According to the Russian navy magazine "Morskoy Sbornik", two strategic nuclear-powered submarines of Typhoon class were prematurily taken out of service recently. Lack of proper maintenance and finances to upgrade the submarines were named among the main reasons.
In 1980 – 1981 delivery of the principal submarines of the then new third generation was behind the Soviet government appointed schedule. For this reason no proper testing of these submarines was performed. Thus, all the technical faults of the first implementation were carried on to the rest of the submarines within the new classes. The restricted time limits were in particular due to the fact that Brezhnev had declared to the whole world that USSR was acquiring a new marine strategic system – the Typhoon class submarines – to confront the newly developed US Trident system.
Construction of the first class of the third generation nuclear submarines, Project 941 – Typhoon class, began in 1977, and the first of these vessels was put into service in 1981. By 1989, six Typhoon class submarines had been built. The vessels in this class are definitively the world’s largest submarines, carrying 200 nuclear warheads each. A seventh Typhoon class submarine was under construction at the Severodvinsk shipyard, but the work was halted, allegedly due to the political changes in the Soviet Union towards the end of the 1980s. A more probable reason would be the technical problems the Typhoons revealed during operation.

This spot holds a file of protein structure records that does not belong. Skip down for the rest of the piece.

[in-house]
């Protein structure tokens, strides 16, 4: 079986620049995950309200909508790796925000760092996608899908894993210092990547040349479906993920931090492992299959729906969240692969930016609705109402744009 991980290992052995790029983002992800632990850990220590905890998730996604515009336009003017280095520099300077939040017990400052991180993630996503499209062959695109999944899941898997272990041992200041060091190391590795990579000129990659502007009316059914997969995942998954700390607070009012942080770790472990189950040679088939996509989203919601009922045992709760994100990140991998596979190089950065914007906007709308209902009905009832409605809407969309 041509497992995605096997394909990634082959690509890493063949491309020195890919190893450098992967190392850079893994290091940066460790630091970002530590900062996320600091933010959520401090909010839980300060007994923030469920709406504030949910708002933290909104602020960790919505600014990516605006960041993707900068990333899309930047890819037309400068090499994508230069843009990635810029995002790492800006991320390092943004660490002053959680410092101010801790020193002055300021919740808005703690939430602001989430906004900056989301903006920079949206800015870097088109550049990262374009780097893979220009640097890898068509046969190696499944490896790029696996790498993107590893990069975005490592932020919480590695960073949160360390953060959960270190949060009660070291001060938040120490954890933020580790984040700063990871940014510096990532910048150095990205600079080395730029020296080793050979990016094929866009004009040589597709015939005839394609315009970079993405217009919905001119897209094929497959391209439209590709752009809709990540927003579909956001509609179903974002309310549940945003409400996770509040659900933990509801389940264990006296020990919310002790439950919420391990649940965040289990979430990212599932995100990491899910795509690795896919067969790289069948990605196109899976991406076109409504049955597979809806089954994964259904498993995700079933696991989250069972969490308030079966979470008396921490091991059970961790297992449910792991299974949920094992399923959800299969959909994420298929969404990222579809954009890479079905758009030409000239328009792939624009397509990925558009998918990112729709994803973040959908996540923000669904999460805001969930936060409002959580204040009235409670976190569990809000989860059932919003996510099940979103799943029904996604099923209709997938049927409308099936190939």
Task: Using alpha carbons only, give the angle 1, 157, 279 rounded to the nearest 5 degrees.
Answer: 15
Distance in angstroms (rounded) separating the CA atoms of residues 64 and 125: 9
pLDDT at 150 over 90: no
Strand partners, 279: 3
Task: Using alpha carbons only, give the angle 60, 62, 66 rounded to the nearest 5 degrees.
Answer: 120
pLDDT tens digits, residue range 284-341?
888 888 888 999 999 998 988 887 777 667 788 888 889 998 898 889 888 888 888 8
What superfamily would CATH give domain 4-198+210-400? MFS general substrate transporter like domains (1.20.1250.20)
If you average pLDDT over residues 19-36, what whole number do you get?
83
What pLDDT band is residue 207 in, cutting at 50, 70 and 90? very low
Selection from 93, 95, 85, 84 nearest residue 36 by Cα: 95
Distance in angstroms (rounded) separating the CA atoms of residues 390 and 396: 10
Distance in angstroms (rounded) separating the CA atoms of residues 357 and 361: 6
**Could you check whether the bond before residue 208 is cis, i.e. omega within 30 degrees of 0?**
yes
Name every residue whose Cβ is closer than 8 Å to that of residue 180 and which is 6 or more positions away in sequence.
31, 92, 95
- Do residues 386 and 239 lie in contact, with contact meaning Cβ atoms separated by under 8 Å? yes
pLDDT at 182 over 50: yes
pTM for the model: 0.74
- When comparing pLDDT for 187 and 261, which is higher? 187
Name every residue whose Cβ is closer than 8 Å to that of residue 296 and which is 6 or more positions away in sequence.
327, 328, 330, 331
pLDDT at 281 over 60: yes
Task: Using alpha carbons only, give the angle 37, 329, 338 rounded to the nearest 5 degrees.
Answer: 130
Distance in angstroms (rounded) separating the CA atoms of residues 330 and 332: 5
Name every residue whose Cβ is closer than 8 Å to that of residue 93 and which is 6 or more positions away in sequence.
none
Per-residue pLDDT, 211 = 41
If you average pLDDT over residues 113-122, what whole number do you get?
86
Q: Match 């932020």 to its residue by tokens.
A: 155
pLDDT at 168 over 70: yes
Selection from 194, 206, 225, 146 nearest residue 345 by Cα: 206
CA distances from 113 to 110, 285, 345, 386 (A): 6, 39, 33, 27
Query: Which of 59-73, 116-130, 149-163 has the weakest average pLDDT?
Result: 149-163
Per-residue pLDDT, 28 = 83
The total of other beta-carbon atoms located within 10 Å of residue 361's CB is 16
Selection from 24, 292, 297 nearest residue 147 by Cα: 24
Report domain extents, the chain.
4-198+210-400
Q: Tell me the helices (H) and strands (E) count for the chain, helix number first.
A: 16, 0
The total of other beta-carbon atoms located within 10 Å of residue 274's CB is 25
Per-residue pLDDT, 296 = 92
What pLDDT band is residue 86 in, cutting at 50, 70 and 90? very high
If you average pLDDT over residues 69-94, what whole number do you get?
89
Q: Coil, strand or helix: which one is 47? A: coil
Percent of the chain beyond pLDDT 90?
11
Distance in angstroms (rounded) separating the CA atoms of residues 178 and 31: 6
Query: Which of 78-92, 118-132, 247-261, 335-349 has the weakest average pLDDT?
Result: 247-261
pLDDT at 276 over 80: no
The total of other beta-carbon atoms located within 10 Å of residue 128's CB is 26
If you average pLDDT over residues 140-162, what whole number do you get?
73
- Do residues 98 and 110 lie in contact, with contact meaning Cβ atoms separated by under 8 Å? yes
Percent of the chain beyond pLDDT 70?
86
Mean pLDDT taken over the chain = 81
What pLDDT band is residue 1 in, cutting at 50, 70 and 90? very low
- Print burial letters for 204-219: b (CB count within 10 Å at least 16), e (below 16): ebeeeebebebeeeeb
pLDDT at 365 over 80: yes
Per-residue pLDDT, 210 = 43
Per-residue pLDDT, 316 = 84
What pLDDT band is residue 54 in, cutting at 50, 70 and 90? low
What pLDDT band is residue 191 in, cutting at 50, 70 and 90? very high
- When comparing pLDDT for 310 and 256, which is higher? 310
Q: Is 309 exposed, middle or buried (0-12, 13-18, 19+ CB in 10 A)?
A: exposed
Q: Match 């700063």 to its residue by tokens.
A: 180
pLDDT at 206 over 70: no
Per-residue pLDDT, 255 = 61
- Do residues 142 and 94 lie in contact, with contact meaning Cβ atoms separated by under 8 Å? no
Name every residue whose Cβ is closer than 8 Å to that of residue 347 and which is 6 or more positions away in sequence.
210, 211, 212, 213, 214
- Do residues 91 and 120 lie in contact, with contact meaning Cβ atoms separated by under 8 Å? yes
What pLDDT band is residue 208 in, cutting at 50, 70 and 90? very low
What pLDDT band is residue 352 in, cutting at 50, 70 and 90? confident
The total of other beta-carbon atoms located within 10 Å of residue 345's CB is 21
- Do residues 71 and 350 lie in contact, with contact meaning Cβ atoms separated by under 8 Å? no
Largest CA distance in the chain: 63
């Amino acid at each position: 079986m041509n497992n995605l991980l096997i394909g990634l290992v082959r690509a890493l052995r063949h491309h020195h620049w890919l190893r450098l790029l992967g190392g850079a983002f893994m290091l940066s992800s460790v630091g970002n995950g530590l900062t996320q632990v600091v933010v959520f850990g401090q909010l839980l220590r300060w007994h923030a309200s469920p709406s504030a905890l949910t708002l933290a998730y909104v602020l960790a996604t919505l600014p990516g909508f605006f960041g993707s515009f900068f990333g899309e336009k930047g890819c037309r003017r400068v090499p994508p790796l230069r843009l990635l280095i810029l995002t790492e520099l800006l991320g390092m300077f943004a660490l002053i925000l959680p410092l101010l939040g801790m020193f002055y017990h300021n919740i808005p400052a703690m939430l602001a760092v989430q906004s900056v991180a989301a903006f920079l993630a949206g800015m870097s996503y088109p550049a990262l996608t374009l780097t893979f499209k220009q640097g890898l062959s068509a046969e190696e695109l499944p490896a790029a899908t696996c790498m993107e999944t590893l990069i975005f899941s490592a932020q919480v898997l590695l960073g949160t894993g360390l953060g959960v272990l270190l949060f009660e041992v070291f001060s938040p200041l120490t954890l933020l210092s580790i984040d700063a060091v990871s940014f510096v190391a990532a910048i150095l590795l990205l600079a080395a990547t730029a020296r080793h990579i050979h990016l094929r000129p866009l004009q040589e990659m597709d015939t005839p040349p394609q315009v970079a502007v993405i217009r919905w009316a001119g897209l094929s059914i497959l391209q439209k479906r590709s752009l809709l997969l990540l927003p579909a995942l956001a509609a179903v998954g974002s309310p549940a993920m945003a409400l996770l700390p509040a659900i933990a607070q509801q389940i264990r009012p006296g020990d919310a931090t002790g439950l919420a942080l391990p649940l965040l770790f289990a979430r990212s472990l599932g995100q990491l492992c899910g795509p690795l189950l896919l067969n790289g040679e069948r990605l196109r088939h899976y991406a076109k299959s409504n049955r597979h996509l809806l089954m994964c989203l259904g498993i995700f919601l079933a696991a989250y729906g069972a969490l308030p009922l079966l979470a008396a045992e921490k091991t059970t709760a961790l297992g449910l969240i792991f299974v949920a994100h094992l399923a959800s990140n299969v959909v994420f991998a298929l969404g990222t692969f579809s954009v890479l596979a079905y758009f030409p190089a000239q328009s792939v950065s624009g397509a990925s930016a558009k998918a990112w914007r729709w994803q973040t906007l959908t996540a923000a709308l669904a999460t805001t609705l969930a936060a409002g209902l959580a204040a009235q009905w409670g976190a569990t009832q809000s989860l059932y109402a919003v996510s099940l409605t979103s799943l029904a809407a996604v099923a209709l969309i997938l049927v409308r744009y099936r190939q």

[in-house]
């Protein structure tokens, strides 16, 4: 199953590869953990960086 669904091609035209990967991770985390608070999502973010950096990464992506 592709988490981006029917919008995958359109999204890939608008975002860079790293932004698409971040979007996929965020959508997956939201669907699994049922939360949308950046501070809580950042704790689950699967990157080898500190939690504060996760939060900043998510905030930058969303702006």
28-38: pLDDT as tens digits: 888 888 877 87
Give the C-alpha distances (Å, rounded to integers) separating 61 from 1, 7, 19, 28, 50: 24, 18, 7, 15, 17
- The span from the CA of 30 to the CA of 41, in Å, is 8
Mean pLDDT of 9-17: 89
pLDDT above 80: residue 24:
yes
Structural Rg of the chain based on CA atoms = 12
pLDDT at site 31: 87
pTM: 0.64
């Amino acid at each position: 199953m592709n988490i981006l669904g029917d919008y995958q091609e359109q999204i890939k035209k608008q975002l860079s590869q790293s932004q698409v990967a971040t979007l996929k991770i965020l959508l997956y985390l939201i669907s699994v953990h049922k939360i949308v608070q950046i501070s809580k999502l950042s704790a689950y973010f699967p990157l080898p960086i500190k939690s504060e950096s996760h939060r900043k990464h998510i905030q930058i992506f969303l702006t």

All submarines of Typhoon class have their home port in Zapadnaya Litsa (Nerpichya bay) on the Kola Peninsular. Currently only two submarines of this class are serviceable. The rest are under repair, being modernised or just moored at the piers in Nerpichya.
"During the last years the actual level of Naval vessels’ reliability has significantly decreased; this tendency is becoming threatening. The intensity of technical malfunctions onboard vessels have increased by 1,5-2 times", according to a "confidential" Naval report quoted by Russian weekly "Ogoneyk". "Keeping the vessels – including the strategic submarines – operational, is becoming more and more difficult… the indicated factors can lead not only to a degradation of military readiness, but to the development of serious accidental situations", concludes the report.
According to the original plans, the submarines of Typhoon class were not due to leave service until the beginning of the next century; to be replaced by the forth generation strategic submarines of "Borey" class, which currently are under construction. The hastened condemnation of the two Typhoon class submarines may be caused by fear of possible accidents.
Presently the Russian Navy has pulled out of service 23 strategic nuclear-powered submarines, including the two Typhoons. In the Northern Fleet most of the these strategic submarines are laid-up in Severodvinsk, Archangelsk County.